Summer is supposed to be over in the Northern Hemisphere (although Londoners basking in 27 degrees of heat in might question whether this is really the case). Now that most people are back from vacation and banks are encouraging people back into the office, attention is returning to recruitment. Is it about to pick up in the third quarter?
If it does, it won't be before time. Figures from data provider Burning Glass suggest that newly released jobs at major Wall Street banks were down 52% year-on-year in the U.S. in August. The newly released jobs were down by less than in the peak pandemic months of May and June, but by more than in July. It's too early to call an improving trend.
Nonetheless, some in the industry are hopeful. After months of record revenues in sales and trading businesses and with trading teams already lean, the expectation in fixed income trading in particular is that hiring could pick up again - if not in 2020, then next year for sure.
Some are predicting that 2021 will be a bumper hiring year as a result. "As the virus subsides, I'm expecting massive churn in 2021 due to the pent-up demand from disrupted 2020 hiring," says one New York banker. Others point to the fact that teams are understaffed after banks were unable to replace staff who left this year. "We were running lean prior to COVID and are in a good place," says a Citi banker in London.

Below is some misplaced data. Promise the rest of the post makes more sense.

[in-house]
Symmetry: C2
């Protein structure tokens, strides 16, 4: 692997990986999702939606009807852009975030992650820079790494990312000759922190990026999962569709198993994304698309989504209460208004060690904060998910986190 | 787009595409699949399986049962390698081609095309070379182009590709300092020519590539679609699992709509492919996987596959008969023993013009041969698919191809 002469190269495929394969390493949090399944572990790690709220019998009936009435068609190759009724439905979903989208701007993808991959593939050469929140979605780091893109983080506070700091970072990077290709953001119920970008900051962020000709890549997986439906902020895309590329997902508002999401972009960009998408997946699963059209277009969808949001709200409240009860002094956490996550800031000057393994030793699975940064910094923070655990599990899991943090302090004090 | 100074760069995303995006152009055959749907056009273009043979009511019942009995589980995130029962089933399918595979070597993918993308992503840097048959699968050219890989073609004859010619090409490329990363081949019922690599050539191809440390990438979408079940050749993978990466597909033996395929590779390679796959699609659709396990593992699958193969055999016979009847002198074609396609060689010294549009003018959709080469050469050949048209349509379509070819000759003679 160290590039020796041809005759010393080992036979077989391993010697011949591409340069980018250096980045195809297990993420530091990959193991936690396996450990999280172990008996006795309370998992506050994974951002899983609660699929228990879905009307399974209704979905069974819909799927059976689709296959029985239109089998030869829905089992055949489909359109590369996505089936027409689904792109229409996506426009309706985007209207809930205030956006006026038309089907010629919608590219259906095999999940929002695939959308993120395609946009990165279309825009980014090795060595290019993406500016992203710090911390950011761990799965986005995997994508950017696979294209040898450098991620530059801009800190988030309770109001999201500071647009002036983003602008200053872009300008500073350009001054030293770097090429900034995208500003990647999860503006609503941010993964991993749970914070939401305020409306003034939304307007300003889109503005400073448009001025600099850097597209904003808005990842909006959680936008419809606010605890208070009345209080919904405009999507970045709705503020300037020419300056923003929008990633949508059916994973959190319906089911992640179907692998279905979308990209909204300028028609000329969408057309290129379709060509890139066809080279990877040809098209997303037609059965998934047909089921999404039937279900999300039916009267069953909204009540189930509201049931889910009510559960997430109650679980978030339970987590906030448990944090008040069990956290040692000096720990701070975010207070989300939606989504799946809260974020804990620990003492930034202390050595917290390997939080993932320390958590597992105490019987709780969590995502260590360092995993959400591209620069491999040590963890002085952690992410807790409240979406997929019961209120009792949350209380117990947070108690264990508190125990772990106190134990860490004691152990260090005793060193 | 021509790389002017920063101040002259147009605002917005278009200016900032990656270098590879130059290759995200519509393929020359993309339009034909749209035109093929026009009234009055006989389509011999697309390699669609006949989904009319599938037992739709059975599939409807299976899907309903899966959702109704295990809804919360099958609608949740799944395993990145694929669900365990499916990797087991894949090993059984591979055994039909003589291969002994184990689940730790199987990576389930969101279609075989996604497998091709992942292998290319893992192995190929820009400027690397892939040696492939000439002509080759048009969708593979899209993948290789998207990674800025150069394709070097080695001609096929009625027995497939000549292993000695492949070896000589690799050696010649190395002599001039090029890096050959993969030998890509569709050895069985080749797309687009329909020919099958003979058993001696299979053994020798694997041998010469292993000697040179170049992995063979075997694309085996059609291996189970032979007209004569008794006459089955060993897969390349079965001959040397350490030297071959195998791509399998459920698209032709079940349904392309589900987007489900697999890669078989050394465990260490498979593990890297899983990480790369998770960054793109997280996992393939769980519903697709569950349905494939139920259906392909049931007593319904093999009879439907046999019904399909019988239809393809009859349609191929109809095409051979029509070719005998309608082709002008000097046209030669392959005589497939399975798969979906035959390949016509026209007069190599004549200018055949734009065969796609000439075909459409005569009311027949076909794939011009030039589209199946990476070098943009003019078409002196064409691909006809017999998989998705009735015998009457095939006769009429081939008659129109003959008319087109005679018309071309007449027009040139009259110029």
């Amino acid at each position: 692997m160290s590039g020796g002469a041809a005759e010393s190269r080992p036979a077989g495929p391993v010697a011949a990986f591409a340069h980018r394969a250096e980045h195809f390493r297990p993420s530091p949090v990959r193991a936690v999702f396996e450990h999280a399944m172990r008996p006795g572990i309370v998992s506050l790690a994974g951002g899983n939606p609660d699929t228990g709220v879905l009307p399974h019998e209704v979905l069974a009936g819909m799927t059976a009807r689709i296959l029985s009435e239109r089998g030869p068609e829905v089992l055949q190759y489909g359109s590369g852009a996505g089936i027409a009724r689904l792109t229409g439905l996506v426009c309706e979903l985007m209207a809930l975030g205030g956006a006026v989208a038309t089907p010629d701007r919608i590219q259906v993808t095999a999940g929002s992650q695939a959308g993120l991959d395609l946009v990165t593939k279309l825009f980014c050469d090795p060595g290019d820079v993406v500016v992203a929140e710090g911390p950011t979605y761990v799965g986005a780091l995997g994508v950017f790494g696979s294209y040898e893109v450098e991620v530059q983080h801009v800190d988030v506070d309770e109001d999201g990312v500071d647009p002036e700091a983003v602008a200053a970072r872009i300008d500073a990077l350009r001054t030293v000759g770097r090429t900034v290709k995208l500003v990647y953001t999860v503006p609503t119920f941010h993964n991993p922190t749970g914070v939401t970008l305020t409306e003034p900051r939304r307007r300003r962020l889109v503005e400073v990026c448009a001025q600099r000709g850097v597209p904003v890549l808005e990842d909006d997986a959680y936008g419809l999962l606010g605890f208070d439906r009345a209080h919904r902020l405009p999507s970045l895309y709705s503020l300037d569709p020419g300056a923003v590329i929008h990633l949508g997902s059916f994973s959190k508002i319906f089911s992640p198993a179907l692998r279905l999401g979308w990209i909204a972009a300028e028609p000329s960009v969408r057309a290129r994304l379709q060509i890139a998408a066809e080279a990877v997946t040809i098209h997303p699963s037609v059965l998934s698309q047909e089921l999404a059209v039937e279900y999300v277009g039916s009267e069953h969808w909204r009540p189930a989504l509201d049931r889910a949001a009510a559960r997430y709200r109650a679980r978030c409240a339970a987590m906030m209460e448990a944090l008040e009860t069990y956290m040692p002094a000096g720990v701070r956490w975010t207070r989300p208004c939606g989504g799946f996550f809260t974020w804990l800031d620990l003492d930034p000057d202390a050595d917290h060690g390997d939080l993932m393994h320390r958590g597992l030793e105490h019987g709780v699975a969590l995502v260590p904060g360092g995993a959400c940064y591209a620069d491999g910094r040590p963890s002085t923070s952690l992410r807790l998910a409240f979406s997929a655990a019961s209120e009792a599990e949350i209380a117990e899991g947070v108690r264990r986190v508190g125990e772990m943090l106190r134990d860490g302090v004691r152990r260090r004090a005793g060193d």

Several trading headhunters suggest they're already busy. Joseph Leung, founder and managing partner at search firm Aubreck Leung, says Zoom interviews have become the "new norm" and that banks are still hiring aggressively despite the pandemic. Kumaran Surenthirathas at Rosehill Search in London says most banks kept on hiring for trading roles throughout the summer and that there is already "plenty of hiring going on."
There are signs, however, that not everyone feels the same. Michael Page International recently made additional layoffs in New York City according to state WARN notices. The New York-based head of one international search firm says sell-side recruitment remains muted, but that more will become clear in a few weeks as banks begin thinking about headcount requirements for next year. Line managers say there some definite brakes on recruitment still. "New headcount is harder to get approved," says one London banker. "All new headcount requests require approval from New York HQ."
The situation is worst in M&A, where revenues have been squeezed especially by COVID and where banks like Nomura and HSBC have already made cuts. One M&A headhunter said hiring is still happening but only for the most "strategic" roles. "I can't see how we get from where we are now to net additions to headcount," he says. "European banks in particular are letting people leave and are not replacing them."
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